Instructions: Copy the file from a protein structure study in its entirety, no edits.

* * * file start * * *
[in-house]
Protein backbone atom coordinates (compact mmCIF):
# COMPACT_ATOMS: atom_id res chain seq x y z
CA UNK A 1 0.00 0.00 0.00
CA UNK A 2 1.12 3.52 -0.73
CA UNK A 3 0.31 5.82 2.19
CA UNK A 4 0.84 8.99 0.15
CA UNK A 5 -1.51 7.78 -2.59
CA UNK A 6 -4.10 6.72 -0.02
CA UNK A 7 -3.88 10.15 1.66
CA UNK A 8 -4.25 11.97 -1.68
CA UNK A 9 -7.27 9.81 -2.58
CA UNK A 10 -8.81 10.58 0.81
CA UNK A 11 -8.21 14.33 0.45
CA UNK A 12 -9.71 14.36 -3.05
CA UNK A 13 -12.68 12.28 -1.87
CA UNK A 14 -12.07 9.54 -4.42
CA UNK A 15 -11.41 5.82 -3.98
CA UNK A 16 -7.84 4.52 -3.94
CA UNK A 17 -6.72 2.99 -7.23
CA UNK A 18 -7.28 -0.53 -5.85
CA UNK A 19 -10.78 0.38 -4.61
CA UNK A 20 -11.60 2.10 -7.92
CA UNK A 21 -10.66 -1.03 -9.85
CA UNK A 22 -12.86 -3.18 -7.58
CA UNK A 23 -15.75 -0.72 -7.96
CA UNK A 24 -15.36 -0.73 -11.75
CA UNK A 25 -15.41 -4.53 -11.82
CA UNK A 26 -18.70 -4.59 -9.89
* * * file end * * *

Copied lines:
[in-house]
Protein backbone atom coordinates (compact mmCIF):
# COMPACT_ATOMS: atom_id res chain seq x y z
CA UNK A 1 0.00 0.00 0.00
CA UNK A 2 1.12 3.52 -0.73
CA UNK A 3 0.31 5.82 2.19
CA UNK A 4 0.84 8.99 0.15
CA UNK A 5 -1.51 7.78 -2.59
CA UNK A 6 -4.10 6.72 -0.02
CA UNK A 7 -3.88 10.15 1.66
CA UNK A 8 -4.25 11.97 -1.68
CA UNK A 9 -7.27 9.81 -2.58
CA UNK A 10 -8.81 10.58 0.81
CA UNK A 11 -8.21 14.33 0.45
CA UNK A 12 -9.71 14.36 -3.05
CA UNK A 13 -12.68 12.28 -1.87
CA UNK A 14 -12.07 9.54 -4.42
CA UNK A 15 -11.41 5.82 -3.98
CA UNK A 16 -7.84 4.52 -3.94
CA UNK A 17 -6.72 2.99 -7.23
CA UNK A 18 -7.28 -0.53 -5.85
CA UNK A 19 -10.78 0.38 -4.61
CA UNK A 20 -11.60 2.10 -7.92
CA UNK A 21 -10.66 -1.03 -9.85
CA UNK A 22 -12.86 -3.18 -7.58
CA UNK A 23 -15.75 -0.72 -7.96
CA UNK A 24 -15.36 -0.73 -11.75
CA UNK A 25 -15.41 -4.53 -11.82
CA UNK A 26 -18.70 -4.59 -9.89